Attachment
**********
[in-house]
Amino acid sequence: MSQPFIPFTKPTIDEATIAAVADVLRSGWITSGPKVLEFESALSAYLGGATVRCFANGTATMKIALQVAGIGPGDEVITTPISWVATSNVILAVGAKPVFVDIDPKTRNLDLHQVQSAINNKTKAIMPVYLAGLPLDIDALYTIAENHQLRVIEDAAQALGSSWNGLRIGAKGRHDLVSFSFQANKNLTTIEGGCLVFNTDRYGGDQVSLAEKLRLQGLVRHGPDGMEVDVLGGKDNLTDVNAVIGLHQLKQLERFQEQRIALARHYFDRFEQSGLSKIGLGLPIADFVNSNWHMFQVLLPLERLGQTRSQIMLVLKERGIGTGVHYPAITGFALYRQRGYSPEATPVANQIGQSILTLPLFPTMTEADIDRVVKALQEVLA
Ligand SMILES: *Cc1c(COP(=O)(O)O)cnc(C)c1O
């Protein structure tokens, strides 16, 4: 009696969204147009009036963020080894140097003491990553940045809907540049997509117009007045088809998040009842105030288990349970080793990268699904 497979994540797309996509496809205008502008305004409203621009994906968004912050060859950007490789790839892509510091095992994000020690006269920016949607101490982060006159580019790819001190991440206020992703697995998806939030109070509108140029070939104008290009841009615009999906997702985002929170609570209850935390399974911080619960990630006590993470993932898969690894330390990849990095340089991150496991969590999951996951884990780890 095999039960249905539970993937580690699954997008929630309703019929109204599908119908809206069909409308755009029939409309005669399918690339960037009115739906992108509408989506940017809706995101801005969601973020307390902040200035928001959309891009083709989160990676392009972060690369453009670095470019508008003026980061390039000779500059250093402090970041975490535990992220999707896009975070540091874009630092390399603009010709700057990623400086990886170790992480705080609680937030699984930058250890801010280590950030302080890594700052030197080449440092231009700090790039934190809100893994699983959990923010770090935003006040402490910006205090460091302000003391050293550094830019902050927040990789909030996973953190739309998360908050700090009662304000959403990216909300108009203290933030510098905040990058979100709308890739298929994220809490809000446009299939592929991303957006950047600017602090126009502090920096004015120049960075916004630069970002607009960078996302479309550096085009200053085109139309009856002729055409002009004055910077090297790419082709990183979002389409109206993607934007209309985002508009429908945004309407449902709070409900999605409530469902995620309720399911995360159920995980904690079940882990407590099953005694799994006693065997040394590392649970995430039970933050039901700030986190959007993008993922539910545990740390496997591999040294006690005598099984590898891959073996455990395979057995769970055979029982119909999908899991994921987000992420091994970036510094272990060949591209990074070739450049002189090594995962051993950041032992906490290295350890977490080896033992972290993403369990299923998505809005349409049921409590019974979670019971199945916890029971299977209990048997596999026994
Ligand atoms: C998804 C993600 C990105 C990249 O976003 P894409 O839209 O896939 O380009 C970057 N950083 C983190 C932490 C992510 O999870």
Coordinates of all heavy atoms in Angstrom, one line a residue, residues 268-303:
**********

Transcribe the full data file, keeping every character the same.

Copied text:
[in-house]
Amino acid sequence: MSQPFIPFTKPTIDEATIAAVADVLRSGWITSGPKVLEFESALSAYLGGATVRCFANGTATMKIALQVAGIGPGDEVITTPISWVATSNVILAVGAKPVFVDIDPKTRNLDLHQVQSAINNKTKAIMPVYLAGLPLDIDALYTIAENHQLRVIEDAAQALGSSWNGLRIGAKGRHDLVSFSFQANKNLTTIEGGCLVFNTDRYGGDQVSLAEKLRLQGLVRHGPDGMEVDVLGGKDNLTDVNAVIGLHQLKQLERFQEQRIALARHYFDRFEQSGLSKIGLGLPIADFVNSNWHMFQVLLPLERLGQTRSQIMLVLKERGIGTGVHYPAITGFALYRQRGYSPEATPVANQIGQSILTLPLFPTMTEADIDRVVKALQEVLA
Ligand SMILES: *Cc1c(COP(=O)(O)O)cnc(C)c1O
């Protein structure tokens, strides 16, 4: 009696969204147009009036963020080894140097003491990553940045809907540049997509117009007045088809998040009842105030288990349970080793990268699904 497979994540797309996509496809205008502008305004409203621009994906968004912050060859950007490789790839892509510091095992994000020690006269920016949607101490982060006159580019790819001190991440206020992703697995998806939030109070509108140029070939104008290009841009615009999906997702985002929170609570209850935390399974911080619960990630006590993470993932898969690894330390990849990095340089991150496991969590999951996951884990780890 095999039960249905539970993937580690699954997008929630309703019929109204599908119908809206069909409308755009029939409309005669399918690339960037009115739906992108509408989506940017809706995101801005969601973020307390902040200035928001959309891009083709989160990676392009972060690369453009670095470019508008003026980061390039000779500059250093402090970041975490535990992220999707896009975070540091874009630092390399603009010709700057990623400086990886170790992480705080609680937030699984930058250890801010280590950030302080890594700052030197080449440092231009700090790039934190809100893994699983959990923010770090935003006040402490910006205090460091302000003391050293550094830019902050927040990789909030996973953190739309998360908050700090009662304000959403990216909300108009203290933030510098905040990058979100709308890739298929994220809490809000446009299939592929991303957006950047600017602090126009502090920096004015120049960075916004630069970002607009960078996302479309550096085009200053085109139309009856002729055409002009004055910077090297790419082709990183979002389409109206993607934007209309985002508009429908945004309407449902709070409900999605409530469902995620309720399911995360159920995980904690079940882990407590099953005694799994006693065997040394590392649970995430039970933050039901700030986190959007993008993922539910545990740390496997591999040294006690005598099984590898891959073996455990395979057995769970055979029982119909999908899991994921987000992420091994970036510094272990060949591209990074070739450049002189090594995962051993950041032992906490290295350890977490080896033992972290993403369990299923998505809005349409049921409590019974979670019971199945916890029971299977209990048997596999026994
Ligand atoms: C998804 C993600 C990105 C990249 O976003 P894409 O839209 O896939 O380009 C970057 N950083 C983190 C932490 C992510 O999870």
Coordinates of all heavy atoms in Angstrom, one line a residue, residues 268-303: